migrant workers

Migrant workers in post-Brexit Britain – wage threshold should be lowered

Economy News

As the government continues to define its post-Brexit immigration rules, a report has recommended lowering the wage threshold for migrant workers. Up until now, the threshold was at £30’000, but experts have stressed that reducing it to £25’600 could boost the British economy. The limits apply to migrant workers who come to the UK with a job offer.

Industry sectors relying on low-salary workers could face staff shortages in post-Brexit Britain if the threshold remains as it is now. While curbing immigration through this higher threshold may lessen the pressure on public services, including the NHS, overall UK economic growth could suffer.

Independent report to help shape Britain’s immigration policy

Changing its immigration rules has long been on the UK government’s agenda. Back in 2018, the then Prime Minister, Theresa May, announced her government was reviewing its immigration policy. In 2019, Sajid Javid, the then Home Secretary, asked the Migrant Advisory Committee (MAC) to work with businesses on setting a migrant worker wage threshold. The report published yesterday outlines the findings and recommendations resulting from the MAC’s work.

According to the report, reducing the salary threshold to just over £25’000 would allow qualified medical staff and teachers to take staffing pressures off the public sector. The report also labelled Boris Johnson’s ‘point-system based immigration rules’ an election campaign ‘soundbite’. MAC Chair, Professor Alan Manning said it was still unclear what such a system would look like.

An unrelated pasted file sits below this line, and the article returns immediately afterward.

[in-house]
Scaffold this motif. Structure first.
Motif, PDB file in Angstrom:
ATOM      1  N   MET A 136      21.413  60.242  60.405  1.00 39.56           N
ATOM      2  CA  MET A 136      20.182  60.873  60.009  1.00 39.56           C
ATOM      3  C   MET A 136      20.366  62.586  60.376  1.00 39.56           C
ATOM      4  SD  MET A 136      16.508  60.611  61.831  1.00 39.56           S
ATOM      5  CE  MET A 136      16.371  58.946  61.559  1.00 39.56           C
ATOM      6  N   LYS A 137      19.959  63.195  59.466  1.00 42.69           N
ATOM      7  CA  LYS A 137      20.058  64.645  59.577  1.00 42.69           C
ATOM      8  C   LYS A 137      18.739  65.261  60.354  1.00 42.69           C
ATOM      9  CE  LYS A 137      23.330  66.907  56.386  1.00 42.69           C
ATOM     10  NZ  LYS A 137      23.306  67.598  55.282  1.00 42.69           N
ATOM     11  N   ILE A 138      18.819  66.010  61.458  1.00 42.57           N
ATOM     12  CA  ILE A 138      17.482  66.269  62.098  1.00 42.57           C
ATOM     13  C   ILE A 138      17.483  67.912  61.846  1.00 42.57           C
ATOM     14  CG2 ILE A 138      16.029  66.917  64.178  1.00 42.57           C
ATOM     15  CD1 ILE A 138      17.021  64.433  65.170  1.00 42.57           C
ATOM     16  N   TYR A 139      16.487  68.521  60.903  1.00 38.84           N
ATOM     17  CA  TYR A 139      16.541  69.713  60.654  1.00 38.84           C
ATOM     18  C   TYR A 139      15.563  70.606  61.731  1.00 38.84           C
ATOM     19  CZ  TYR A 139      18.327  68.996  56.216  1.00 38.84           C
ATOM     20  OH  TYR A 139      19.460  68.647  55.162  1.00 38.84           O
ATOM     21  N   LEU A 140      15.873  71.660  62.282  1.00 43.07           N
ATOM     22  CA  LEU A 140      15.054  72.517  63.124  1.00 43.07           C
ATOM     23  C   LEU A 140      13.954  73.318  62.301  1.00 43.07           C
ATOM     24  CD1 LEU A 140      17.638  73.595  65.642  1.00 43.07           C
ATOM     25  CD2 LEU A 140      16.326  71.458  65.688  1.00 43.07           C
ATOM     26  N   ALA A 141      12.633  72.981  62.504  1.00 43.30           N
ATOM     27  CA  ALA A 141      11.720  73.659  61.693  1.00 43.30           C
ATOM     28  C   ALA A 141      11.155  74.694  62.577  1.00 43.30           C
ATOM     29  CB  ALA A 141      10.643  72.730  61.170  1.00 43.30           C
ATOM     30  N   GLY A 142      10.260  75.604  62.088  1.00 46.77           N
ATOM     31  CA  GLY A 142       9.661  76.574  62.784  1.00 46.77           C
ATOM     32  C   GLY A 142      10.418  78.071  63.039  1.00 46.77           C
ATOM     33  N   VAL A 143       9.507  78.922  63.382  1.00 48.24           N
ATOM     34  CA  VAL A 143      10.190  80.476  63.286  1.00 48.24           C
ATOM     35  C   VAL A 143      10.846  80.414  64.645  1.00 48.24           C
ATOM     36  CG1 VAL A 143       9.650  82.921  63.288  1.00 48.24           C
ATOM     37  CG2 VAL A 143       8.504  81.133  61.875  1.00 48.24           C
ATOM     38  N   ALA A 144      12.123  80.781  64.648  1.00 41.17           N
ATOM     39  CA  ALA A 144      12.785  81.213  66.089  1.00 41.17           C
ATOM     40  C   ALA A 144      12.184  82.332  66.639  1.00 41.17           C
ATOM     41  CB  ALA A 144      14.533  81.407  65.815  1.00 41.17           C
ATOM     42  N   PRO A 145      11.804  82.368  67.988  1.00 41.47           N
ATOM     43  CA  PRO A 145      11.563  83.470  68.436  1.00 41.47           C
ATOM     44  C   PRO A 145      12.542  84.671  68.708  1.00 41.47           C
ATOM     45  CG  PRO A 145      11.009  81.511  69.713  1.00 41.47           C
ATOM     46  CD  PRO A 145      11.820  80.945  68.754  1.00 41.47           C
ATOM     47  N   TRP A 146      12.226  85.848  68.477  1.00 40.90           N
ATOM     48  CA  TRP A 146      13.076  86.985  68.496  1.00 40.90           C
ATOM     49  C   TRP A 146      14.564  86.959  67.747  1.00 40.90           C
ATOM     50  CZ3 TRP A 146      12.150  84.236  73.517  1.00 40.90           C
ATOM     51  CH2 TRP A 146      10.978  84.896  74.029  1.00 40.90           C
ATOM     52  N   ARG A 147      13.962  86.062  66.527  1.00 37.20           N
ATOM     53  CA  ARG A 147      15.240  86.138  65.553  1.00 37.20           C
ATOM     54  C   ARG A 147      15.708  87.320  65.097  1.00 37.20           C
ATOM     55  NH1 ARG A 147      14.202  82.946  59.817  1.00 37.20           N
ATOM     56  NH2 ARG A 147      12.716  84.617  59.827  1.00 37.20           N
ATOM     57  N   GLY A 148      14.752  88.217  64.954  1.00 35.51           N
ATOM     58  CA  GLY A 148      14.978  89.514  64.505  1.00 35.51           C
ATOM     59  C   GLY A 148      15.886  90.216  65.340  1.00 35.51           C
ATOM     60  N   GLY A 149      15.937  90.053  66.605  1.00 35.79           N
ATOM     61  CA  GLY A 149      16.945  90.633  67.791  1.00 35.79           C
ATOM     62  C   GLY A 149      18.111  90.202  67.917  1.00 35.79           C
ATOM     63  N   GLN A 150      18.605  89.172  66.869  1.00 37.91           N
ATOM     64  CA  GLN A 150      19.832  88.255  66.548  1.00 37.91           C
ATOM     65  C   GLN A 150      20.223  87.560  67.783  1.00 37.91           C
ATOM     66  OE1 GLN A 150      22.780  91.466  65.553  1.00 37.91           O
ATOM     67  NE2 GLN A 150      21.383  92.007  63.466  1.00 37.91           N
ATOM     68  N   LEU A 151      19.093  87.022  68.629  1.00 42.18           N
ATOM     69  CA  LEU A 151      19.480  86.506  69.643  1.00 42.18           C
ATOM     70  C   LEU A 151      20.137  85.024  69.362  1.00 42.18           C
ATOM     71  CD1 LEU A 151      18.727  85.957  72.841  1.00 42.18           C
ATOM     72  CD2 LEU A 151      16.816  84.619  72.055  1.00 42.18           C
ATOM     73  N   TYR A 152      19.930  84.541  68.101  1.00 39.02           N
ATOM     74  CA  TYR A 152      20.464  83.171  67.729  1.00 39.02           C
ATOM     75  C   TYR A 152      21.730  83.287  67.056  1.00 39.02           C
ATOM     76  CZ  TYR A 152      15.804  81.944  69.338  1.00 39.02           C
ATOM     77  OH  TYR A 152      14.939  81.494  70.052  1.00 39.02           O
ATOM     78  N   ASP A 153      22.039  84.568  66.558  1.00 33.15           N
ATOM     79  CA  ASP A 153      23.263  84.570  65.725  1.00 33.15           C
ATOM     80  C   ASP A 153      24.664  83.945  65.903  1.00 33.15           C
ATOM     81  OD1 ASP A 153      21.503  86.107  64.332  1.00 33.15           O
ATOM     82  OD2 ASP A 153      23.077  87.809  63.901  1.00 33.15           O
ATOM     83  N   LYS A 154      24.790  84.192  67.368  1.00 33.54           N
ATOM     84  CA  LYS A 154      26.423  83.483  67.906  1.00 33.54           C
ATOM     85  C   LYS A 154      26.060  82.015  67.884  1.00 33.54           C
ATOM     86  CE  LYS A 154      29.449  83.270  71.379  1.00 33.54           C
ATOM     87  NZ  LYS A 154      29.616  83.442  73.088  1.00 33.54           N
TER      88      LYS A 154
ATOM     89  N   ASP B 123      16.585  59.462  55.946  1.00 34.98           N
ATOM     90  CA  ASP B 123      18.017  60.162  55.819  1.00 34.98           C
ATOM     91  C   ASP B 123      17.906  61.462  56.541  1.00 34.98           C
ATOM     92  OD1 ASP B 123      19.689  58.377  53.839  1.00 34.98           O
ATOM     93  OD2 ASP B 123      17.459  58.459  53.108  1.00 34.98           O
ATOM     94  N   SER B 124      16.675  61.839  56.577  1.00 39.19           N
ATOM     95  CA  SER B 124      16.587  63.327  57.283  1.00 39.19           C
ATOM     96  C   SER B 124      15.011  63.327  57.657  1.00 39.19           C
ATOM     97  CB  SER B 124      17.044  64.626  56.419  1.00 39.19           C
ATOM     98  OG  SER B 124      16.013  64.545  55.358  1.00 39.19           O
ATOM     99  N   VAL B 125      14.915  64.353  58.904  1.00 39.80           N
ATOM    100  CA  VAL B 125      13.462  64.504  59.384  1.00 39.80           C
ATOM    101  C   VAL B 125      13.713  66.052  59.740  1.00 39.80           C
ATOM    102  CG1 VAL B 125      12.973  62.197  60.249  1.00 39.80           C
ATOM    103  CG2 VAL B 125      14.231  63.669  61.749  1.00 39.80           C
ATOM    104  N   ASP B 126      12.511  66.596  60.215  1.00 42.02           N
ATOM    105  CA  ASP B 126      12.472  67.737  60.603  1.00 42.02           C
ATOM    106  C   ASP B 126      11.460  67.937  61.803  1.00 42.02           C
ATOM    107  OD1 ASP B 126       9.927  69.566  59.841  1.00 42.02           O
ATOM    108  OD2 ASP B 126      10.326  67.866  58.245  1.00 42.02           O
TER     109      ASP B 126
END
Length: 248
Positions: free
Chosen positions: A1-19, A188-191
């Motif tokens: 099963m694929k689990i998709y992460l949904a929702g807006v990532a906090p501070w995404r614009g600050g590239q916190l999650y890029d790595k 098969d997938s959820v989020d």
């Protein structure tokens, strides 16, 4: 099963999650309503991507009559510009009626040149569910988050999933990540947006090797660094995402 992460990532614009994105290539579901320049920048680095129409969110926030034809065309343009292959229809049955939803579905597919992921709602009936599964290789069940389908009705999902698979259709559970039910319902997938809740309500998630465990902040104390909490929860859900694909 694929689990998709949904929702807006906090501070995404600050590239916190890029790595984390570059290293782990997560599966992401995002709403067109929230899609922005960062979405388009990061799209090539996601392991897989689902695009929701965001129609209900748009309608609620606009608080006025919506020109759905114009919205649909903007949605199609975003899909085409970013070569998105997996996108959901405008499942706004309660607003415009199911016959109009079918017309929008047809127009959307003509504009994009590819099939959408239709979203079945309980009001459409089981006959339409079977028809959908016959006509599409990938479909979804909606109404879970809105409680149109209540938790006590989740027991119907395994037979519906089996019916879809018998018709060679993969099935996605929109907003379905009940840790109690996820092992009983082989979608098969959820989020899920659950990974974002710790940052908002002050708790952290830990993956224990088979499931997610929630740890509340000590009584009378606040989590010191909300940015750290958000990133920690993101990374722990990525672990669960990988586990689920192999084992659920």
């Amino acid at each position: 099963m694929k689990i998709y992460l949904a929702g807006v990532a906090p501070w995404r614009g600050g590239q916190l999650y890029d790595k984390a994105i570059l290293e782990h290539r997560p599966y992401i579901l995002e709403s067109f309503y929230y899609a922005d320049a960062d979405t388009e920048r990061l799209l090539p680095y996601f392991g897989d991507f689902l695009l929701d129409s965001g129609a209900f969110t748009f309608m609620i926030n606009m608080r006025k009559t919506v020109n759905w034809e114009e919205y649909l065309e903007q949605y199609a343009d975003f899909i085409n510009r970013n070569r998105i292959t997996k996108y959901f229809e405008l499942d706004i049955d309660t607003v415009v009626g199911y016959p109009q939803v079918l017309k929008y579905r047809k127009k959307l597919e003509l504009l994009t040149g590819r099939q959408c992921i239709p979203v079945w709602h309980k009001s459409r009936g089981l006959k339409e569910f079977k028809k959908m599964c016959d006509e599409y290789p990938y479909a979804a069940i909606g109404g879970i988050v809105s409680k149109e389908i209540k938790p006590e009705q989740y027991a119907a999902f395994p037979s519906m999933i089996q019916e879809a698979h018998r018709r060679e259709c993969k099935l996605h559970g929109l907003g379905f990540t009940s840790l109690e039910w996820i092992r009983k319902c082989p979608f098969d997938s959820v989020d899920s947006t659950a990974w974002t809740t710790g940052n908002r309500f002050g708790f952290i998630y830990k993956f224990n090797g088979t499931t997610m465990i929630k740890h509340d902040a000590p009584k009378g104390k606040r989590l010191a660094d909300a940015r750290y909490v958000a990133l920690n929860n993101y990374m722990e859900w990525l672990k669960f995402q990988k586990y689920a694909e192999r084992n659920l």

After the publication of the MAC report, the Home Secretary, Priti Patel, reiterated the government’s intention to overhaul the UK immigration system:

“I think it’s important to recognise that the British public voted for change when it comes to immigration and with that, they have voted for an Australian-style points-based system.”

Government expected to introduce Australian-style points system

The UK already has a point system in place for non-EU citizens. After the transition period, EU workers will no longer be able to live and work in the UK without a visa. The government is currently looking at the point-systems in operation in countries such as Australia and New Zealand.

The UK system for non-EU citizens awards points based on English language skills, salary, and company sponsorship. In future, points may be awarded for specific skills to meet the needs of the UK economy. This would make the UK’s future point system similar to those in use in Australia, New Zealand, and Canada.

Low pay migrant workers will find it tougher to get permission to live and work in the UK

After the transition period, employers offering low-salary jobs may find it difficult to fill vacancies. In its report, the MAC has warned that potential staff shortages may put pressure on social care services. Blaming funding shortfalls, the MAC has stressed that the  “root of the problem” was a failure of the sector to “offer competitive terms and conditions” which it cannot do, due to a lack of resources.



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